Wednesday, November 22, 2017

Difference between char, varchar, nchar and nvarchar data type in SQL Server database

What is the difference between char and varchar in SQL, followed by nchar and nvarchar, is one of the popular SQL interview questions, and surprisingly not every programmer knows this basic difference. If you go with the name, which you should, then you can figure out that char is a fixed length data type while varchar should be variable length data type. Though all char, varchar, nchar, and nvarchar are used to store text or String data there are subtle differences between them. As I said char is fixed length, which means a variable or a column e.g. Zipcode char(10) will take only 10 bytes to store data, including space.

On the other hand a varchar variable or column will take variable space, depending upon data you store + 2 additional bytes for storing length. For example a varchar column name varchar name(20) will take 6 bytes if you store "Jack" (4 + 2) and 7 bytes if you store "Jones" (5 + 2).

In order to get better performance, you should use char for fixed length columns e.g. zipcode, where every row are under certain length e.g. 6 for India, and 5 + 4 digits postal codes for USA. On the  other hand, for a variable length column it's better to use varchar data type to save the space,  which is lost in case of char type, if actual data is always way less than capacity.

In particular this question is next in series of couple of popular SQL interview question, e.g. difference between WHERE and HAVING clause and  writing SQL query to join three tables. If you come across any other interesting SQL queries than you can also share with us, if you don't know answer, we will try to find out together.


Difference between char, varchar, nchar and nvarchar data type in SQLNow let's see difference between nchar and nvarchar data types in SQL. nchar(n) and nvarchar(n) are similar to there counterpart char and varchar, but they take twice space than them, to support multilingual languages. Additional space is used to store Unicode character for each character, which means 2 bytes for each character, 1 for character + 1 for Unicode. Apart from this fundamental question, you often see couple of follow-up questions like when to use char and varchar in database? or more frequently what is difference between char(20) and varchar(20) variables, as they can only store 20 bytes to store data. Well, main difference is that varchar might take less bytes, depending upon length of data you store on it. For example if we store "USA" in a variable of type char(20) and varchar(20) than first will take 20 bytes, while second will take only 5 bytes (3 +2 ), but performance of char columns are better in SELECT query than varchar columns. Similarly if we use nchar(20) and nvarchar(20) for storing "SQL" string than first will take 40 bytes (2*20) and second variable will take 8 bytes (3*2 +2).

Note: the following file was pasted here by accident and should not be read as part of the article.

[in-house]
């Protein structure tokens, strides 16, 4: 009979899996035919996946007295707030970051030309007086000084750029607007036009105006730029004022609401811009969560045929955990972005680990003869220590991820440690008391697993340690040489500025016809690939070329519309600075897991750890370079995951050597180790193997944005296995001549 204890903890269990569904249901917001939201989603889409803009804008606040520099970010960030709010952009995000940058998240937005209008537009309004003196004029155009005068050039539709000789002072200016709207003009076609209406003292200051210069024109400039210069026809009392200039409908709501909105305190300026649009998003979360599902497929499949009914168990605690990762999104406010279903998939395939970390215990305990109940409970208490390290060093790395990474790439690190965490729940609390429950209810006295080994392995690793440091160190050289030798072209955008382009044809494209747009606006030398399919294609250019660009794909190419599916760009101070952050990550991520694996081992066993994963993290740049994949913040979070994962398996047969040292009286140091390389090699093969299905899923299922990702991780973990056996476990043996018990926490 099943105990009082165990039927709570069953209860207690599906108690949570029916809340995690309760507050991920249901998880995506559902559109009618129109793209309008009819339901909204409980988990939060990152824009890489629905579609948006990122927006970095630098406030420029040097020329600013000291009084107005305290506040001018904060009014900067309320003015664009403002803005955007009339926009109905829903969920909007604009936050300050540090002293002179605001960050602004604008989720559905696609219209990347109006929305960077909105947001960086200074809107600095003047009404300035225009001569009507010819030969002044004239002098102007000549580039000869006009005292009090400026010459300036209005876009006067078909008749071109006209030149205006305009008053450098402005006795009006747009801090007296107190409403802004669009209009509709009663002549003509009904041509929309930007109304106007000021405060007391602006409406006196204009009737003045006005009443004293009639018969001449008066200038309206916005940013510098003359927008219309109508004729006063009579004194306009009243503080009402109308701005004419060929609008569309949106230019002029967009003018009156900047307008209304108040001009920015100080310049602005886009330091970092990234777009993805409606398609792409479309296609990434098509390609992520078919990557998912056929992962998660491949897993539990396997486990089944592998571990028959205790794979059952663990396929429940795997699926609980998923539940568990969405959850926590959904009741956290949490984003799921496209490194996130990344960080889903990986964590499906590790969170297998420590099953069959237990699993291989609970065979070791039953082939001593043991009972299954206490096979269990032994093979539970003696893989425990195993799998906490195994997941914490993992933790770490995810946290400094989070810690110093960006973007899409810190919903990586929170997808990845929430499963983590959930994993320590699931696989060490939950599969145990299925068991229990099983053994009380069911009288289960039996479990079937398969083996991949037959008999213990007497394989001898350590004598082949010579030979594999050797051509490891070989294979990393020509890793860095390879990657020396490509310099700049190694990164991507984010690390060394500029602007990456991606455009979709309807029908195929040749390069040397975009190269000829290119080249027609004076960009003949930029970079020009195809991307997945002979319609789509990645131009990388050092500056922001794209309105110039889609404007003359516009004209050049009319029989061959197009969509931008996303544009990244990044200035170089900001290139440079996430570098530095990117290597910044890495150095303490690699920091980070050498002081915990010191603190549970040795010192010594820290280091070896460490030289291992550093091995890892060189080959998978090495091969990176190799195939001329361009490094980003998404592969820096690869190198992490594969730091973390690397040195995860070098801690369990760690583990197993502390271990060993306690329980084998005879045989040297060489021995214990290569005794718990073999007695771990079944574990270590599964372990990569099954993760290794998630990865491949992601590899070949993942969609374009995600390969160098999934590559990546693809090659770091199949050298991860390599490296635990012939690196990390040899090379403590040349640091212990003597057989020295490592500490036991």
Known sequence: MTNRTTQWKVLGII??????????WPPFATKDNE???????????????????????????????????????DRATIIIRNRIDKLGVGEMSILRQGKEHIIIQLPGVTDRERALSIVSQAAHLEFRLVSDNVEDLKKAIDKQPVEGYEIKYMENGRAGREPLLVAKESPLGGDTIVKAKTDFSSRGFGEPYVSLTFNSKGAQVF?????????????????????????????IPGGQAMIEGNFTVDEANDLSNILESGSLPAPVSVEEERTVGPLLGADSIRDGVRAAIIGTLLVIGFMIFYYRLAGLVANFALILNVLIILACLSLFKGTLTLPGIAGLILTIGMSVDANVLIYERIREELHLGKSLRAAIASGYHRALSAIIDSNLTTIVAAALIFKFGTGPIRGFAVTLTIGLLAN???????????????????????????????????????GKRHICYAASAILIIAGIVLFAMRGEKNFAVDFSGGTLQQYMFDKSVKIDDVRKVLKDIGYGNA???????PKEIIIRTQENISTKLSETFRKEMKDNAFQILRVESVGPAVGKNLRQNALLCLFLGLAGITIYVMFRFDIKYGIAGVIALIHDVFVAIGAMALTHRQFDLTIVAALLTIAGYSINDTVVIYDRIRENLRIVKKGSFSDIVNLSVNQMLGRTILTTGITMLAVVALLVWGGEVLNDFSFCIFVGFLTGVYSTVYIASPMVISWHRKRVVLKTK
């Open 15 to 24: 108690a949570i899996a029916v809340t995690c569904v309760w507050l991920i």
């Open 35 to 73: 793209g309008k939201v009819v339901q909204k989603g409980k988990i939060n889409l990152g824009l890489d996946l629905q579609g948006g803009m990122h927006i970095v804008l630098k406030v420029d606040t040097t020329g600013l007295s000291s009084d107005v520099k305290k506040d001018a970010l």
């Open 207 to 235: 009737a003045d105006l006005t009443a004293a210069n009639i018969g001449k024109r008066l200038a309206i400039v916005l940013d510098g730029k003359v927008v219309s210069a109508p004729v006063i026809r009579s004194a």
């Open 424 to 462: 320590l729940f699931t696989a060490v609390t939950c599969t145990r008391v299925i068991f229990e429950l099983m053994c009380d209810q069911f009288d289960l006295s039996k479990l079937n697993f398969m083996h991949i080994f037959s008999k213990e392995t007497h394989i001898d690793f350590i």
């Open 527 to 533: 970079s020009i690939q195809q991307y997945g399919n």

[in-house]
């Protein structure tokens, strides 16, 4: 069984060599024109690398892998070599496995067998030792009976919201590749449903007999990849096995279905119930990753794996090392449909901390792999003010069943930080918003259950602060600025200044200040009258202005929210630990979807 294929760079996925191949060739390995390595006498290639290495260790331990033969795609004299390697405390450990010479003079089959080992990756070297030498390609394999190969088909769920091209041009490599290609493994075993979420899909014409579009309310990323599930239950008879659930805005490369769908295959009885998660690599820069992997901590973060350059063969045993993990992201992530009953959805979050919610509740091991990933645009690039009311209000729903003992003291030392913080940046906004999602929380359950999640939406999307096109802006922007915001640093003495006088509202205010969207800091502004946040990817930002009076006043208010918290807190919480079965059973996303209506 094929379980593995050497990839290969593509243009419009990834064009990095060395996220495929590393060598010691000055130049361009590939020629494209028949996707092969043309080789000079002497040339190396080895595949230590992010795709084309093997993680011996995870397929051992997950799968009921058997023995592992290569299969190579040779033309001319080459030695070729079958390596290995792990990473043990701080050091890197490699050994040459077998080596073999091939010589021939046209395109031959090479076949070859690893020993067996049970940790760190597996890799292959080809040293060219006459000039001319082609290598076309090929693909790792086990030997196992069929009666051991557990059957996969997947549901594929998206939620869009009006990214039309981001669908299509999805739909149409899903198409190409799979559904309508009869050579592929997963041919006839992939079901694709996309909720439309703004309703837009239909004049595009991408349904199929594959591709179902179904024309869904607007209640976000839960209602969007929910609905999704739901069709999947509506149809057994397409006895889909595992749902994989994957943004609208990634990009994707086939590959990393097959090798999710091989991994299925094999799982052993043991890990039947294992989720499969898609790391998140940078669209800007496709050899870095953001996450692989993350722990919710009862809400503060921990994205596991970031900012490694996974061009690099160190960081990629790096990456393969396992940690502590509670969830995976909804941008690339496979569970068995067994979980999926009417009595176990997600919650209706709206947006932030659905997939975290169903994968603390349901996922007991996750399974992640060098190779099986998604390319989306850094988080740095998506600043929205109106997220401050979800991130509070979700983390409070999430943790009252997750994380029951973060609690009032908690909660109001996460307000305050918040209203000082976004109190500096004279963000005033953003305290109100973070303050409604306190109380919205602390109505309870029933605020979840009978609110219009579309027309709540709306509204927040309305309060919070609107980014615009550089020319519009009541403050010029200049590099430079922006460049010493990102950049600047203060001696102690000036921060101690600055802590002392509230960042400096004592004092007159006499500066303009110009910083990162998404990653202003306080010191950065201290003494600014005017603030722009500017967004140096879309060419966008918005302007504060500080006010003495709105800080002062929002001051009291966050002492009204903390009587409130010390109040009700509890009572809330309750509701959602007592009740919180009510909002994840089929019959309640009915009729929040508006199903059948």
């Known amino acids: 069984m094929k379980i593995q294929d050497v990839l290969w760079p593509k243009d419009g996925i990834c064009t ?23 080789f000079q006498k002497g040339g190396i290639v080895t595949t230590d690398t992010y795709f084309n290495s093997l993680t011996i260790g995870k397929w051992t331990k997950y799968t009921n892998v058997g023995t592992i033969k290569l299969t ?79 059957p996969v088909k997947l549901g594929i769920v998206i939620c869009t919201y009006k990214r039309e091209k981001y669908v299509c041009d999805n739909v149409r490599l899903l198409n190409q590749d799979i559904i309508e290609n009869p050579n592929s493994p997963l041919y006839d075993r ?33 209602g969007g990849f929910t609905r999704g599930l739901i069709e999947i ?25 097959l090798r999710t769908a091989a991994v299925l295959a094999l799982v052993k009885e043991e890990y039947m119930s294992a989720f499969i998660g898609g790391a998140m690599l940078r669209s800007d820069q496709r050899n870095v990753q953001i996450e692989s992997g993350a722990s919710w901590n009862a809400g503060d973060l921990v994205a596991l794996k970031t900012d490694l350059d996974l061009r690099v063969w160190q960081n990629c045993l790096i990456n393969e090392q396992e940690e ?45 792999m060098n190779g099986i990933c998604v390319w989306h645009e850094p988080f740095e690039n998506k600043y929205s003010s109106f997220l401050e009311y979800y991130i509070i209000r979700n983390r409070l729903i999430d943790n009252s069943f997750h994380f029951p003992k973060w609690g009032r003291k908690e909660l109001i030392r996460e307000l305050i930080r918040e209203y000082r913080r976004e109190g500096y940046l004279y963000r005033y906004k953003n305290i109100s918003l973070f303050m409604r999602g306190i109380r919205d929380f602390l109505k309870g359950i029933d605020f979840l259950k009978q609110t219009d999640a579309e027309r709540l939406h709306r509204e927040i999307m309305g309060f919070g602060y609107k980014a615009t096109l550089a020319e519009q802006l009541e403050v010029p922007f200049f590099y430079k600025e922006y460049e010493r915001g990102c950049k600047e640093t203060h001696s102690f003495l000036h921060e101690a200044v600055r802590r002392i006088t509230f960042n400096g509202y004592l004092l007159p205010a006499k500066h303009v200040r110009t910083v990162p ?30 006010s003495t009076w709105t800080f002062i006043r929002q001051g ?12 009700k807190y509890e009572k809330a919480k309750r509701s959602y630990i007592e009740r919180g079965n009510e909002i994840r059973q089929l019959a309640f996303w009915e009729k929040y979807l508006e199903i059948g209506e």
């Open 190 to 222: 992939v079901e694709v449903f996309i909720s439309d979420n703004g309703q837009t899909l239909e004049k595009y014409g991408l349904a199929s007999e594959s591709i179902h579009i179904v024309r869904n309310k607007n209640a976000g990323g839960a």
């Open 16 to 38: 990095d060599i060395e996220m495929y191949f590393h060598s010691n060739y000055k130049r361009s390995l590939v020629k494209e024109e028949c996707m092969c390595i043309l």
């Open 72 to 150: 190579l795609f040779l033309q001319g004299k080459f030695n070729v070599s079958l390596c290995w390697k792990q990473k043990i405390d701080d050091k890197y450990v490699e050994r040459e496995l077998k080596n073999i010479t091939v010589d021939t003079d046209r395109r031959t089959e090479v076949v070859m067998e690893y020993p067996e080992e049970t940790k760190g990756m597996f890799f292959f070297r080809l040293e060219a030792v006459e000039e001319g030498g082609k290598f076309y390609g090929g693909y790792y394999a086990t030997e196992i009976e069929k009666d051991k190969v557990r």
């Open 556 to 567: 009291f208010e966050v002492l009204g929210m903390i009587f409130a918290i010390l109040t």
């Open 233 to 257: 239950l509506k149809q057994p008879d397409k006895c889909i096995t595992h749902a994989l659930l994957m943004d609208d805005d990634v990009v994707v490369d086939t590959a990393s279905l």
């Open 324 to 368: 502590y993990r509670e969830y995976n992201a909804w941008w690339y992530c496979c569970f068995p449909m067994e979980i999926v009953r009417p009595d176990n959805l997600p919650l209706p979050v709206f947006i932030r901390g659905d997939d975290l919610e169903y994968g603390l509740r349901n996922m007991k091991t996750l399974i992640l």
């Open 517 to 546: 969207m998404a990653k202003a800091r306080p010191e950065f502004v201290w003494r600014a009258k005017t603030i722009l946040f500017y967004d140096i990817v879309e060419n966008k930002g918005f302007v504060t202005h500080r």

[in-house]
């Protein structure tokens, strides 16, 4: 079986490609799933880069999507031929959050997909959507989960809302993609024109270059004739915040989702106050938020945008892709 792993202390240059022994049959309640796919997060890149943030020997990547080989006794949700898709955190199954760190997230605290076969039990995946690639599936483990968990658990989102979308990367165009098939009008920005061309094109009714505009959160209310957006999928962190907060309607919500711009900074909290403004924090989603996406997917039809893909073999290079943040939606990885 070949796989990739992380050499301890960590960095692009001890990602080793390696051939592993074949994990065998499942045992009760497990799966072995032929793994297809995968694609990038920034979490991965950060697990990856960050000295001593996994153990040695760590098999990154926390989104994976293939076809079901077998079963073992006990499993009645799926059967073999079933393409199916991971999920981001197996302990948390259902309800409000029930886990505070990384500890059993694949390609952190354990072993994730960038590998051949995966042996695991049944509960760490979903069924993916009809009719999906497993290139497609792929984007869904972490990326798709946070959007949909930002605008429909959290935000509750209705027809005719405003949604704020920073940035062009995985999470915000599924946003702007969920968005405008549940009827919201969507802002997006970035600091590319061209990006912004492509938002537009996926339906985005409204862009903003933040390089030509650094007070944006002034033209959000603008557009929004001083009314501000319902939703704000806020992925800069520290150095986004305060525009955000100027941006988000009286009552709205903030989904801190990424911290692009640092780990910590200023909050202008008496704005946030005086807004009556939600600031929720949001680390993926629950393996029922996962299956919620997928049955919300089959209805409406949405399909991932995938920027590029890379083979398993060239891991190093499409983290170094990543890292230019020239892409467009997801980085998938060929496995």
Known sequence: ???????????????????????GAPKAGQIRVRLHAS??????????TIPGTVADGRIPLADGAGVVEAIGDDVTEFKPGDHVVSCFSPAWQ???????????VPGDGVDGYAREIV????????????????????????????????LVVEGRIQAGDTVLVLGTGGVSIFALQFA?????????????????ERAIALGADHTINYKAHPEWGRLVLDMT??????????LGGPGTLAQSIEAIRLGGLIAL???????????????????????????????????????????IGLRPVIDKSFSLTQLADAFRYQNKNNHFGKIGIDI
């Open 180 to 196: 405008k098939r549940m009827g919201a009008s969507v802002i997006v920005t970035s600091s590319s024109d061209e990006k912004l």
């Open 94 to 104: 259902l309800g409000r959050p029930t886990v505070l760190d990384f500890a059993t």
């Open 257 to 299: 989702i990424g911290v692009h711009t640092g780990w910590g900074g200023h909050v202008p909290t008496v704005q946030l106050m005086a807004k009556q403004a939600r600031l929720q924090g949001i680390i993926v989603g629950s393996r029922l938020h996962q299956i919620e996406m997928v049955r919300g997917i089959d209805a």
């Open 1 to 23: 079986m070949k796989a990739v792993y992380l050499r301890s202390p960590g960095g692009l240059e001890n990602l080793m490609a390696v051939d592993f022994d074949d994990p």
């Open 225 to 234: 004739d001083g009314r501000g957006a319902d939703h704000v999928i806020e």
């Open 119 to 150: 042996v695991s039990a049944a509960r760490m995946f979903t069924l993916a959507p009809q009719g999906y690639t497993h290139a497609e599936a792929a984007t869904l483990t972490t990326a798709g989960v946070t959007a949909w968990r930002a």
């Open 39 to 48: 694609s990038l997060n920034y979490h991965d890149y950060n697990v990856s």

Here is a summary of how much space a char(10), varchar(10), nchar(10) and nvarchar(10) variable takes for storing same data :

declare @cData char(10)
set @cData = 'SQL' -- 10 bytes
set @cData = 'Java' -- 10 bytes

declare @vcData varchar(10)
set @vcData = 'SQL' --  3 + 2 = 5 bytes
set @vcData = 'Java' -- 4 + 2 = 6 bytes

declare @ncData nchar(10)
set @ncData = 'SQL' -- 10*2 = 20 bytes
set @ncData = 'Java' -- 10*2 = 20 bytes

declare @nvcData varchar(10)
set @nvcData = 'SQL' -- 3*2+2 = 8 bytes
set @nvcData = 'Java' -- 4*2+2 = 10 bytes

Thanks guys, that's all on difference between char and varchar data types in SQL and nchar vs nvarchar. I hope this knowledge of basic, not only helps in SQL interviews but also choosing right type for your columns in tables and variables in your stored procedures. Let me know if you have any doubt or question on char or varchar variables.

Further Learning
Introduction to SQL
The Complete SQL Bootcamp
SQL for Newbs: Data Analysis for Beginners


Eric Jablow said...

In Oracle at least, VARCHAR is deprecated in favor of VARCHAR2.

Anonymous said...

One obvious difference between NCHAR and CHAR or NVARCHAR and VARCHAR is that NCHAR is used to represent unicode string while CHAR is used to store regular string. There literal value is also different. In SQL SERVER, NCHAR literal is written as N'abc' while regular string literal is written as 'abc'. N denotes unicode there. If you are comparing a column which is of type NCHAR with regular string litreal then SQL SERVER will do implicit conversion e.g. in following case :

SELECT * from TABLE where NAME = 'john"

if NAME is of type NCHAR or NVARCH then SQL Server will do implicit conversion, which can make your query slower, to avoid that pass the unicode string literal like this

SELECT * from TABLE where NAME = N'john"

Unknown said...

Why should we use NCHAR and NVARCHAR, When we are already using char and varchar. what is the use of NCHAR and NVARCHAR?

javin paul said...

NCHAR and NVARCHAR supports Unicode characters which is not supported by VARCHAR.

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